The Complete Guide to Carer’s Leave in Australia

Find out everything you need to know about carer's leave in Australia, from eligibility requirements to taking the leave and returning to work.

Sara Kelly Sara Kelly
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The Complete Guide to Carer’s Leave in Australia

In Australia, there are various types of paid and unpaid leave. This article provides a complete guide to sick and carer’s leave in Australia, including the minimum entitlements and when you can take this leave.

What is Carer’s leave in Australia?

Carer’s leave in Australia (also known as personal leave) allows employees to take paid time off for an unexpected family emergency and caring responsibilities. This entitlement forms part of the National Employment Standards (NES).

What are the minimum entitlements to paid carer’s leave?

Carer’s leave comes under the same entitlement as sick leave. You are not automatically credited with paid carer’s leave when you start a new role. Instead, the leave accrues throughout the year. Here are the number of days each type of employment is entitled to:

  • Full-time employees: 10 paid per year of employment
  • Part-time employees: 10 paid, pro-rata, per year of employment
  • Casual employees: 0 paid days per year of employment.

On the anniversary of your employment, any outstanding paid leave that you haven’t taken throughout the year carries over into the next year.

What are the minimum entitlements to unpaid carer’s leave?

Whether you work full-time, part-time, or casually, you’re also entitled to 2 days of unpaid carer’s leave each time a member of your immediate family requires care or support due to an illness, injury, or an emergency.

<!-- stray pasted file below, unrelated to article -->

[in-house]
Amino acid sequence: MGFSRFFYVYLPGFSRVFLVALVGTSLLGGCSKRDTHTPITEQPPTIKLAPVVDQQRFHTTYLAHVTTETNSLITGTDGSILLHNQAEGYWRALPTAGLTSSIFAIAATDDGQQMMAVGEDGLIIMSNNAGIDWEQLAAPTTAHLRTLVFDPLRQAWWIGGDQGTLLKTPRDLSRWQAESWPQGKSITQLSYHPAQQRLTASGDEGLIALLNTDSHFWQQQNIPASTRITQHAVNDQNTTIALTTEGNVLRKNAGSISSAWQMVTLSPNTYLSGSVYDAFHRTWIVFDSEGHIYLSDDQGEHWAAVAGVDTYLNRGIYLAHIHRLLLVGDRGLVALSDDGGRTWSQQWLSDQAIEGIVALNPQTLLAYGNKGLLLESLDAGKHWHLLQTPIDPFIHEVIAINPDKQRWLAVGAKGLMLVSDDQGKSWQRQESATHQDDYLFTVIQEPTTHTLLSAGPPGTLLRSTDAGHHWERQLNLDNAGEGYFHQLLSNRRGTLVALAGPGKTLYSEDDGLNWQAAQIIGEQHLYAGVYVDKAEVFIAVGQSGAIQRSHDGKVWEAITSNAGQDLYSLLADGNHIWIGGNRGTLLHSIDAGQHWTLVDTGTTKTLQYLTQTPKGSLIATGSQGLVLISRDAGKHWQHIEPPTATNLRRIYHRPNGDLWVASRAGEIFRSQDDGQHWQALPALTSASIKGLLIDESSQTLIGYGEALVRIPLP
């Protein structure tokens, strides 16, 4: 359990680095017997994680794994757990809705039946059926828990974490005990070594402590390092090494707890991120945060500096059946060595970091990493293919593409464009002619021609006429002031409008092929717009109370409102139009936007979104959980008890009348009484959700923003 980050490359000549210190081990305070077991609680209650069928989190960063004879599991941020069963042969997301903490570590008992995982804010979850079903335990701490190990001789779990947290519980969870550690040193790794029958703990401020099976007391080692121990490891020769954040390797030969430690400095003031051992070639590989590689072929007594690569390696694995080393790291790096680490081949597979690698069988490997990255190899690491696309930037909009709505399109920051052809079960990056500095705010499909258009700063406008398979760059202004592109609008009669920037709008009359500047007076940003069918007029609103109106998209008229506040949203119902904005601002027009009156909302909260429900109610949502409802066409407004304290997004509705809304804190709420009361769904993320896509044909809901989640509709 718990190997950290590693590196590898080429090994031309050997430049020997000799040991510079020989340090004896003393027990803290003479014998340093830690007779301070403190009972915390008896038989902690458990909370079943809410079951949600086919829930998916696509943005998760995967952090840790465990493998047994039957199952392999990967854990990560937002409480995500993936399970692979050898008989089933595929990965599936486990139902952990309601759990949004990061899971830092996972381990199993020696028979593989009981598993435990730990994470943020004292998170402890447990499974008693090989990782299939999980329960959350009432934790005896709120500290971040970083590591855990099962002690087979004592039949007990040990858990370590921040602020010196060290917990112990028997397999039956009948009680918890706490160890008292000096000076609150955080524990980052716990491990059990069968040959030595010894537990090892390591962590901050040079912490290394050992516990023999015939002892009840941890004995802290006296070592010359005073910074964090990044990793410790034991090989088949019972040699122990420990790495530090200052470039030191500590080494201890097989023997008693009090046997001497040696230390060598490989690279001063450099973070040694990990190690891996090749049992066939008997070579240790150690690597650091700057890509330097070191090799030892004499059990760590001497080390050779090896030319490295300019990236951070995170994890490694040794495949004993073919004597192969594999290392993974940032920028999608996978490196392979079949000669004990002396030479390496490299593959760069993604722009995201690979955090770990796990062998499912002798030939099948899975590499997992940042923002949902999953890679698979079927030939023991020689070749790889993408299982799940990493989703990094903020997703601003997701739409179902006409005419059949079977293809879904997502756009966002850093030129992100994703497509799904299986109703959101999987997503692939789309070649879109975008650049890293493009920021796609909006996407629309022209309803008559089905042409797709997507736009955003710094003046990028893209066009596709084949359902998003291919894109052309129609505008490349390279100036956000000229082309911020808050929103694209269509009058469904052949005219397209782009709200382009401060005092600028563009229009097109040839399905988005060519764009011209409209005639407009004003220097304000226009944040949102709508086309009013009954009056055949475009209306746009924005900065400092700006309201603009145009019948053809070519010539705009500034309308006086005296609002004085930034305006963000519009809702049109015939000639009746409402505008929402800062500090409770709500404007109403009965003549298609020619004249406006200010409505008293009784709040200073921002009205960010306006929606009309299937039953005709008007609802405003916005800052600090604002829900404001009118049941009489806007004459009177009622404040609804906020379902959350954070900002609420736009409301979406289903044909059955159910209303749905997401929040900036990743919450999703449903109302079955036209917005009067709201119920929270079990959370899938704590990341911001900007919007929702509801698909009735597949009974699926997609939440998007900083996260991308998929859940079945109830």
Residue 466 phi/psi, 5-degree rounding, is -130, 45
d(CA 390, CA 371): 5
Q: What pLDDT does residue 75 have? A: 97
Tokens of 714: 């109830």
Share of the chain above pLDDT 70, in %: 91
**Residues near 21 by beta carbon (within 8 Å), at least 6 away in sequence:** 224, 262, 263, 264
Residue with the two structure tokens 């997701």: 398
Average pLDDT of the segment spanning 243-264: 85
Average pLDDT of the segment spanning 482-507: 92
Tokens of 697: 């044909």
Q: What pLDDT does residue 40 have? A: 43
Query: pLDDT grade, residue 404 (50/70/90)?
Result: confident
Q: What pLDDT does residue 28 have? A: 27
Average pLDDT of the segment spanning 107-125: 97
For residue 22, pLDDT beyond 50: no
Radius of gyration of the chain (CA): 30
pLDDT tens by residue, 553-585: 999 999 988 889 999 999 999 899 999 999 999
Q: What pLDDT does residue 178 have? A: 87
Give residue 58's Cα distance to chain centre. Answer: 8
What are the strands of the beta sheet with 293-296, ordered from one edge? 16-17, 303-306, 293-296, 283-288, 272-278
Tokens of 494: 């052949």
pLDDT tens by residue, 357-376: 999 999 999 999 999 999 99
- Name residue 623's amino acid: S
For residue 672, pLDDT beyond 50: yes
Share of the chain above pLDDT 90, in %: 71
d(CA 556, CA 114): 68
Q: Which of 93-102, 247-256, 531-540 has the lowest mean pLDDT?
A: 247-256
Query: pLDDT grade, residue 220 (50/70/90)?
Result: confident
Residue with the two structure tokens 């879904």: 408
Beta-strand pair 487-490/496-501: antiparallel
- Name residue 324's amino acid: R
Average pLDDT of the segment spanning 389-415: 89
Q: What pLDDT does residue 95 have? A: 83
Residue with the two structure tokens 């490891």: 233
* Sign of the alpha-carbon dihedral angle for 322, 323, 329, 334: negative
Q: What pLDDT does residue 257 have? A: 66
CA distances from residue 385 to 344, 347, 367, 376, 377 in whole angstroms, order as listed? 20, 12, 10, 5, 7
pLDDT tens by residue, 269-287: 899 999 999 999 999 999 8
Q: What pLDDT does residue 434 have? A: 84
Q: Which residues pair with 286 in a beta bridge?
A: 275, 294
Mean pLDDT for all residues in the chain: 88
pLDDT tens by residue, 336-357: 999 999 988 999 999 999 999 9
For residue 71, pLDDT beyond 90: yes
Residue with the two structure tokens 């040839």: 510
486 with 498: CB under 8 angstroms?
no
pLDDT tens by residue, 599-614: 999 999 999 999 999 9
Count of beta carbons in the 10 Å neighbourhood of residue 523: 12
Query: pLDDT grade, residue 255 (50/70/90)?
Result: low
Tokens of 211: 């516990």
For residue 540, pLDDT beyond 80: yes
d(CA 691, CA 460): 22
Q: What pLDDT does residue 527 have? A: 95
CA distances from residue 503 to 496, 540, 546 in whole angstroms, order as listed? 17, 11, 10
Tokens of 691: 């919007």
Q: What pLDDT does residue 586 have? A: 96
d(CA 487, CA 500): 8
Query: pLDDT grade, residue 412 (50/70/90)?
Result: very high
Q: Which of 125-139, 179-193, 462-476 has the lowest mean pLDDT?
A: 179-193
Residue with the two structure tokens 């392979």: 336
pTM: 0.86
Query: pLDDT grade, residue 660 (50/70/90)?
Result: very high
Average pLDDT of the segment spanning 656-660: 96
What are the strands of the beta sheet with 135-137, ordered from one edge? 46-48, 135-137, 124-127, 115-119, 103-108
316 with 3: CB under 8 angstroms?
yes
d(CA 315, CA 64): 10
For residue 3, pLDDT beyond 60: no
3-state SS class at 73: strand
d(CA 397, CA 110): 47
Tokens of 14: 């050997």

However, you can’t take unpaid carer’s leave when you could instead be paid for the leave. This rule does not apply to casuals who have no entitlement to paid personal or carer’s leave.

When can you take carer’s leave?

Carer’s leave is there to support you while you take time off to deal with unforeseen or sudden circumstances relating to you and your immediate family. Therefore, there are only two situations when this type of leave applies. These are the following:

  1. If you are unfit for work because of a personal illness or injury (including pregnancy-related illness)
  2. You need to provide care or support to an immediate family because of an illness, injury or emergency. A member of your immediate family includes:
  • Spouse (or former spouse)
  • De facto partner (or former de factor partner)
  • Child or parent
  • Grandparent or grandchild

You can also take carer’s leave to help care for your sibling or the child, parent, grandparent, grandchild or sibling of your spouse, de facto partner or former partner.

What evidence do you need to take carer’s leave?

It’s not mandatory to provide evidence to take personal or carer’s leave. However, your employer can ask for documentation to support your request, such as a medical certificate or statutory declaration. The Fair Work Act 2009 indicates that the evidence must satisfy a reasonable person that the reason for taking the leave applies to carer’s leave.

Carer’s leave vs compassionate leave

Unlike carer’s leave, compassionate leave (also known as bereavement leave) is paid time off for when an immediate family member dies, a baby in the immediate family is stillborn, or the employee or their spouse has a miscarriage. Full time and part-time employees are entitled to 2 days of paid compassionate leave, and casual employees are entitled to two days unpaid. This type of leave does not accumulate and is separate from personal and carer’s leave.

Your guide to personal and carer’s leave

If you’re unsure how much carer’s leave you’ve accrued at your job it’s best to ask your employer. Also - if you’ve used all of your paid leave and need to take more time off due to an emergency, it can be a good idea to work with your manager to find alternate ways to take paid leave. For example, you might be able to take annual leave.

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